The casing is far more durable than a normal shotshell, allowing many more reloads. It is field reloadable. The primers are held in by snap rings, and the whole thing screws apart for maintanence/cleaning and loading.

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Ok. What seals the end? wadding?


I still don't really see the appeal, as carrying powder, shot and primers, and a way to measure them, and keep them dry, etc. is going to be close to as bulky as just carrying a few  normal shotshells. The shorty shells that people get for tube guns don't have legs on the wad so they are even more compact. Then there's 20 gauge and 16.

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I'm with GunFun on this one. The solution is to carry a bunch more shit, plus, bulk powder can be a problem. Get the one container wet, and you've just lost everything. Loaded shells, esp. factory shells, won't mind a little water.

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The other issue to me is the ability to reload quickly in the feild. People figured out the advantage of complete cartridges back in the mid 1800s. They contain all the components, and keep them dry and ready to go.


Having~ 20 shells which are loaded and ready to go should get you out of most any sticky wilderness situation. (say 5 slug, 5 buck, and 10 birdshot)Even if you want to reload those rather than carry more shells, having a few still loaded buys you the time to load during your convenience. IMO that means I am a lot less likely to make mistakes with powder measurements or squib loads while hurrying to reload one of these fancy shells you have in mind. Yes- you could theoretically have a dozen of them too, but at $30 each, 3 sounds a lot more likely. That means that if you hunt any game, firing 2-3 shots you are probably going to be unarmed in at least one of the 3 categories of projectile until you can find a place out of the wind and rain to mess with reloading them. Again, fully loaded shells make the most sense to me, followed by a Lee loader or home-made equivalent. And you should be able to pick up a Lee loader for about the price of one of these shells.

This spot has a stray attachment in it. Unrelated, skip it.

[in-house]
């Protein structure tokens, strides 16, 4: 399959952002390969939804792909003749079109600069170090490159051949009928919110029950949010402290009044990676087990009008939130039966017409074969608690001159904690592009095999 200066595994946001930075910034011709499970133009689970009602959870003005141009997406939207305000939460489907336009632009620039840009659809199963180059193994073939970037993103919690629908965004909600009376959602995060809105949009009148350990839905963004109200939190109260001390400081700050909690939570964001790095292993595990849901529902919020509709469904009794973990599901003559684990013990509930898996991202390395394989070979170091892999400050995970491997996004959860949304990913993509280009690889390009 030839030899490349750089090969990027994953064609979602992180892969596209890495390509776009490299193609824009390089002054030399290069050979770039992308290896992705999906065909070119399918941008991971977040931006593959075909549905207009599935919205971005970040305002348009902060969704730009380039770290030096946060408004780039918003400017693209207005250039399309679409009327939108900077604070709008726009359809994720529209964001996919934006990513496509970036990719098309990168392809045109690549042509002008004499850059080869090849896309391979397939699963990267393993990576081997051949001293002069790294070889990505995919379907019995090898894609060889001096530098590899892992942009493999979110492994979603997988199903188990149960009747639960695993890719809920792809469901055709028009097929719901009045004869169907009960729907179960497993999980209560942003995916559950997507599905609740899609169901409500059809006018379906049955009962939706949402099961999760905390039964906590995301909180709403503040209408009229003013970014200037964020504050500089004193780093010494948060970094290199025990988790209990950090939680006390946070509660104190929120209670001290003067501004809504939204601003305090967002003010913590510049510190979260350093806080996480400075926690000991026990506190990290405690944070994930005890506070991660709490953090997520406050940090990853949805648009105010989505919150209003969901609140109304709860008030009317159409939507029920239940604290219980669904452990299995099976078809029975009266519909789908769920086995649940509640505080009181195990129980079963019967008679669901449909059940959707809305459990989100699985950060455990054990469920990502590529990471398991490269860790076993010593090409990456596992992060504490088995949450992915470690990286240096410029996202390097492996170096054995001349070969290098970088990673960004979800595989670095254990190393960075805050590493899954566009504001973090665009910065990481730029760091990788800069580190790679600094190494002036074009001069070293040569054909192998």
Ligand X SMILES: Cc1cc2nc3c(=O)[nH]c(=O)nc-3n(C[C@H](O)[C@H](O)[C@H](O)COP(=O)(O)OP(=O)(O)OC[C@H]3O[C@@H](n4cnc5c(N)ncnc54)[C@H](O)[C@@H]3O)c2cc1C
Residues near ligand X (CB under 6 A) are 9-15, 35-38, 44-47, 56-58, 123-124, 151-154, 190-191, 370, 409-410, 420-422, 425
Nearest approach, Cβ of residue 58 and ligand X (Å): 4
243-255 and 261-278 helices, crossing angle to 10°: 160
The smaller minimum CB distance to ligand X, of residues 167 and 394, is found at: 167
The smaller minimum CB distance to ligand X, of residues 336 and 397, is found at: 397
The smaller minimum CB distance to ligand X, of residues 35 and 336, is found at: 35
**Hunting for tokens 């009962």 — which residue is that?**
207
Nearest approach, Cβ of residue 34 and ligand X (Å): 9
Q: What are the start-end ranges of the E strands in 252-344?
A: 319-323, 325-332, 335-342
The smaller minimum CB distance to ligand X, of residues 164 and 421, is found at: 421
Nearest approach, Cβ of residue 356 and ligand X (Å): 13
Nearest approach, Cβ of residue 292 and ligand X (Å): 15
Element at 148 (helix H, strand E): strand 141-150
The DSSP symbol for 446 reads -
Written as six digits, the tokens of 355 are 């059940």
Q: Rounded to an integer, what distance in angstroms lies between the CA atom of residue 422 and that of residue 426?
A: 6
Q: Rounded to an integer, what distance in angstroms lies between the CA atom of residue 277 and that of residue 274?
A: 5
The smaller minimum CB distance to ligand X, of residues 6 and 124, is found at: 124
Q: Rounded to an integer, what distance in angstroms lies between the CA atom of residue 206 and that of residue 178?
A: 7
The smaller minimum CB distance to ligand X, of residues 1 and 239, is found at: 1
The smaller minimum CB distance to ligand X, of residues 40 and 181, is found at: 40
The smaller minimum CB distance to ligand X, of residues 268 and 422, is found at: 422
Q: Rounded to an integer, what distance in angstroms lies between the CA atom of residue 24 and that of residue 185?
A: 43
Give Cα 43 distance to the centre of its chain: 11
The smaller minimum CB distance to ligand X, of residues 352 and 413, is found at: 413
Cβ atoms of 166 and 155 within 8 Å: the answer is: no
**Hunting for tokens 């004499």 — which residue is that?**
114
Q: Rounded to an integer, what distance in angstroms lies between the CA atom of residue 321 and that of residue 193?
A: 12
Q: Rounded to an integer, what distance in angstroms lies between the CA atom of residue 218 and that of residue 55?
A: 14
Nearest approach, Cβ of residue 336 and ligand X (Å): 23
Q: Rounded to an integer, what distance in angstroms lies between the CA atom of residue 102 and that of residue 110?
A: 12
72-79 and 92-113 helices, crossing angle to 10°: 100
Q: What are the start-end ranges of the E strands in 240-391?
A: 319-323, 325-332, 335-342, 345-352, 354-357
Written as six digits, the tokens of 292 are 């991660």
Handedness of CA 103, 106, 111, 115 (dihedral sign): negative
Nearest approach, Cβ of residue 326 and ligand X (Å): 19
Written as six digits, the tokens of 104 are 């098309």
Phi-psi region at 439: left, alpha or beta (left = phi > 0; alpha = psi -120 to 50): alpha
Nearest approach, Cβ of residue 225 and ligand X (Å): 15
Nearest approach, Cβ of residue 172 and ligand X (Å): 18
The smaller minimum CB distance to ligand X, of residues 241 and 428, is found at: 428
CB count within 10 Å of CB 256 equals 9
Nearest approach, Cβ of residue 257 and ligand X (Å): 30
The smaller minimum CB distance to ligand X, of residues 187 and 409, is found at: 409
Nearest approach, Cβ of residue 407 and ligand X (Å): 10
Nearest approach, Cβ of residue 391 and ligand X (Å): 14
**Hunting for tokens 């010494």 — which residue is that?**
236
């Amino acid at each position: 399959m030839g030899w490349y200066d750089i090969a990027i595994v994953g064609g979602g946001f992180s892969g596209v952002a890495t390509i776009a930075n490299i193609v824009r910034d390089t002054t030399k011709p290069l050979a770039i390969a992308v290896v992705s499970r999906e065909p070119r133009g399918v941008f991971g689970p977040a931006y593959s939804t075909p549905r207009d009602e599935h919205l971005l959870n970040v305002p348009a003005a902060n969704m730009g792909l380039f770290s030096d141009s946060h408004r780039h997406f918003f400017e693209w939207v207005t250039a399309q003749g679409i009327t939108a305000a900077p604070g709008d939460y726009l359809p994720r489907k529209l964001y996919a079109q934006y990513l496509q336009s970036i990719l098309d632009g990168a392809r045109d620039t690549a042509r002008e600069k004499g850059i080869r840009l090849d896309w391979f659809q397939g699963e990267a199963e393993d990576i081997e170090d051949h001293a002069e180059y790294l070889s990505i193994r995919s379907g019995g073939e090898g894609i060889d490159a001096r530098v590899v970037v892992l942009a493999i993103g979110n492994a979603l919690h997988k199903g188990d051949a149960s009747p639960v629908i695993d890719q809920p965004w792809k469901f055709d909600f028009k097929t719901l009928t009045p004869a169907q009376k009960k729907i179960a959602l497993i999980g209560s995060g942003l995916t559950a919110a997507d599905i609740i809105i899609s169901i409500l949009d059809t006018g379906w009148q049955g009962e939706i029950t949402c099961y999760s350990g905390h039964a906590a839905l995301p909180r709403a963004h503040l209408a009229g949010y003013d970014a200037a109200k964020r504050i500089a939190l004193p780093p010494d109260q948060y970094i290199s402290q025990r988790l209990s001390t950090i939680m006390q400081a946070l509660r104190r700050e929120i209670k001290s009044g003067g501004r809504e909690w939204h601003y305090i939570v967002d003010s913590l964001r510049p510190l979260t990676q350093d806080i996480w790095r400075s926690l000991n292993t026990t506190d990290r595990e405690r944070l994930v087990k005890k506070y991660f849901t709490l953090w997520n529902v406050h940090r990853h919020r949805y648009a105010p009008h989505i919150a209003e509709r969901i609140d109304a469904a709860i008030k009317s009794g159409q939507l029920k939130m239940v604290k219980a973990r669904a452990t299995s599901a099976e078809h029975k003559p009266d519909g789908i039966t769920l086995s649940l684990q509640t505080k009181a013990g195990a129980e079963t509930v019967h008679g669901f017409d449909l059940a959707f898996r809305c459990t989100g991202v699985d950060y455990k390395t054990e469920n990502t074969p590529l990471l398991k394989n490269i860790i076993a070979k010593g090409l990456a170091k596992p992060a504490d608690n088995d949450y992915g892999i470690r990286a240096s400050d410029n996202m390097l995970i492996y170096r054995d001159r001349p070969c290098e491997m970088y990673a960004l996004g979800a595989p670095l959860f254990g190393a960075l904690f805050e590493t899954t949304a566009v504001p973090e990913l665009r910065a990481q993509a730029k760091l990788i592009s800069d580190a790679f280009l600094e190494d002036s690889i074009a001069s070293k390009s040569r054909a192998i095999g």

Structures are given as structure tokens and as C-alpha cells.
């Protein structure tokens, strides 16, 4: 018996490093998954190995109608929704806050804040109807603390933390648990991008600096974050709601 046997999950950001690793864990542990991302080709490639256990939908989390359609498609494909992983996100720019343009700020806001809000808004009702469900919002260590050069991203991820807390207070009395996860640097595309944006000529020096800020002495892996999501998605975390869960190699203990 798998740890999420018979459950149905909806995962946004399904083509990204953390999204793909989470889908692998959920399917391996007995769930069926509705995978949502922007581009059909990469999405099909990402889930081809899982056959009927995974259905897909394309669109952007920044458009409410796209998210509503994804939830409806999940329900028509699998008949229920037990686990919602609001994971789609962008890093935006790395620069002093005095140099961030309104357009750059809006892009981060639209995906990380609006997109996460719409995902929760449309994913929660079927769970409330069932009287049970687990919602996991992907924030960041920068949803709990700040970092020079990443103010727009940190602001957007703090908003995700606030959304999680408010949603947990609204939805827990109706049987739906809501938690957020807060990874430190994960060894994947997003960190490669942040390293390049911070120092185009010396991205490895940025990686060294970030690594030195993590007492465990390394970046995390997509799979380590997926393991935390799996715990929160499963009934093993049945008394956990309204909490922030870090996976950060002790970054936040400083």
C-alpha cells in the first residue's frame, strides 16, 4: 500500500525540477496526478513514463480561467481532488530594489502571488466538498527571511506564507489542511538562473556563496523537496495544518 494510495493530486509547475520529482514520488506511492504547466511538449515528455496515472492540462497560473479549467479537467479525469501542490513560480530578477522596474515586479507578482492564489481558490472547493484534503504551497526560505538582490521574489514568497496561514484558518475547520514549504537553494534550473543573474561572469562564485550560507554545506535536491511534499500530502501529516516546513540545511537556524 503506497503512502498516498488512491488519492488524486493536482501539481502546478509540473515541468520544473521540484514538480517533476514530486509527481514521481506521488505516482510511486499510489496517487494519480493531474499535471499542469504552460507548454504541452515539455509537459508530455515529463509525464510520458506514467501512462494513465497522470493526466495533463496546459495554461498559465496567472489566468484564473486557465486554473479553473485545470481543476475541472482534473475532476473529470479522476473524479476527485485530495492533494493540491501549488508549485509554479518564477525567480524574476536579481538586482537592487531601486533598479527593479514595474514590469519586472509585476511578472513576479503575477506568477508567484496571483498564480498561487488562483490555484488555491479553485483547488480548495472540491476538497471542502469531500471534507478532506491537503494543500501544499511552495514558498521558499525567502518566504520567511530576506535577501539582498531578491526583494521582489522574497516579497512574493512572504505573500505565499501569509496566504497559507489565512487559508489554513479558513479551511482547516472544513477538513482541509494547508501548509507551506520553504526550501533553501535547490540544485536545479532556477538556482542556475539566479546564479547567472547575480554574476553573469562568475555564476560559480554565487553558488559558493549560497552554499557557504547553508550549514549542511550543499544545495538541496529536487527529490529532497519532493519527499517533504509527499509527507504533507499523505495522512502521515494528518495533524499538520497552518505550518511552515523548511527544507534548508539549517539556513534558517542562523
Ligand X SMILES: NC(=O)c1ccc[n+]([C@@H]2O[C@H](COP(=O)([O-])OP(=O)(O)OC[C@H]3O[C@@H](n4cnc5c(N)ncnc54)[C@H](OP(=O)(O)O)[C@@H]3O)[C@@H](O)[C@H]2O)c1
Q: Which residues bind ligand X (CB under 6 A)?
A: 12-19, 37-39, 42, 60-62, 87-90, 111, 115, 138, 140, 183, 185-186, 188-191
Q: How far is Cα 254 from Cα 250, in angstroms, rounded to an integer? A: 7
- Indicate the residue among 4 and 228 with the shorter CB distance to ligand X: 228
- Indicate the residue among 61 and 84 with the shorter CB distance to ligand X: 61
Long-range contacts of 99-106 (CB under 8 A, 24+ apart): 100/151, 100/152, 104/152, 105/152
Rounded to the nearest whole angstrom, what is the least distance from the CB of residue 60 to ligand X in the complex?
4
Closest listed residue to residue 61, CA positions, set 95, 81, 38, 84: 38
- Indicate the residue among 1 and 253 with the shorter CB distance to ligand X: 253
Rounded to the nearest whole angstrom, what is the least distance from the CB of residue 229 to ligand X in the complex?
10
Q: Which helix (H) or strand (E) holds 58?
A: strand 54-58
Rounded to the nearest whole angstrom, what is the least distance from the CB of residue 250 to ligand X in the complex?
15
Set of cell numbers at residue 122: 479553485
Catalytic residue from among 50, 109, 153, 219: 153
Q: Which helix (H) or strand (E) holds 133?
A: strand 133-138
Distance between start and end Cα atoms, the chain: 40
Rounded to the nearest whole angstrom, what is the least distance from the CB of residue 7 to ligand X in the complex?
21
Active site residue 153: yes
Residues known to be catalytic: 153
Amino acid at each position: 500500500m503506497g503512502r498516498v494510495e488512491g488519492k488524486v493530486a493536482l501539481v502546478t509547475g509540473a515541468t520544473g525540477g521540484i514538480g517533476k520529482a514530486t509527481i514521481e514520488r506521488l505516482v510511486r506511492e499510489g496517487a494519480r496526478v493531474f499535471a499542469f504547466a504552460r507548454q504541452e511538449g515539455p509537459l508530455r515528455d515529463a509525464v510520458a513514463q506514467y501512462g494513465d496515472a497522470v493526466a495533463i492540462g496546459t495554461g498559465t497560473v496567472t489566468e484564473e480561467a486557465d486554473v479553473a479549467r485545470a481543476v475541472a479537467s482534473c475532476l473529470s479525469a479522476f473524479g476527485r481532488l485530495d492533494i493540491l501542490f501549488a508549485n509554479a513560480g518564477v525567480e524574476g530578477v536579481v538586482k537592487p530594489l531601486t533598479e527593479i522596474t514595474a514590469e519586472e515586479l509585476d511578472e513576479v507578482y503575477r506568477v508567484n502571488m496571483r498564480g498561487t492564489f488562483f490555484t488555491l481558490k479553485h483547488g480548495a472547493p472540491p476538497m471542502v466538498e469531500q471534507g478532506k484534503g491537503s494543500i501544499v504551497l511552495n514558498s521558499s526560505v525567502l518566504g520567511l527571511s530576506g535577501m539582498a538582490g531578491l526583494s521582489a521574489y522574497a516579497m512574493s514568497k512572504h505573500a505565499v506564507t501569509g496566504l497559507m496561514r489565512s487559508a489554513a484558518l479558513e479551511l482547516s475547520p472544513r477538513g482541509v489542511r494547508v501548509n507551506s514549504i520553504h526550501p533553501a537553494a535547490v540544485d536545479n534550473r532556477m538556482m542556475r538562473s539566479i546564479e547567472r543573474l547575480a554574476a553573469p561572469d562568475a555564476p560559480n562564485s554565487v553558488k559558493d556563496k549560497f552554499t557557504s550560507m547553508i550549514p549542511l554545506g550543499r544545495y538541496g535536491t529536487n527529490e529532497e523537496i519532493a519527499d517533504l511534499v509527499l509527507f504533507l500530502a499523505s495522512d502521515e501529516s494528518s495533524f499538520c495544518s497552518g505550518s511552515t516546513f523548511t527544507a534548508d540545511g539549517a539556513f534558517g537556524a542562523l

Another thing I haven't addressed is that aluminum thick enough to avoid fatigue, would be limiting the useful capacity of the shell. It would also require oddball size wadding material. maybe 20 gauge wads? So you'd be most likely converting your 12 into what amounts to a 20.- An over weight 20 gauge with no developed load data. I'd rather pack a very light 20 gauge and a few extra shells and skip all of that. (Most newer 20 ga pumps are built off of 12 ga receivers and are actually  heavier than 12, so you want an old one made purpose built as a 20)

Edited by GunFun
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For the record, I don't want to be a party pooper or discourage innovation. I just think this particular idea actually creates the problems it is supposed to solve. The idea is to make something that is currently pretty easy easier and faster. But it does so at the cost of ability to use commonly available components and information which are not hard to use.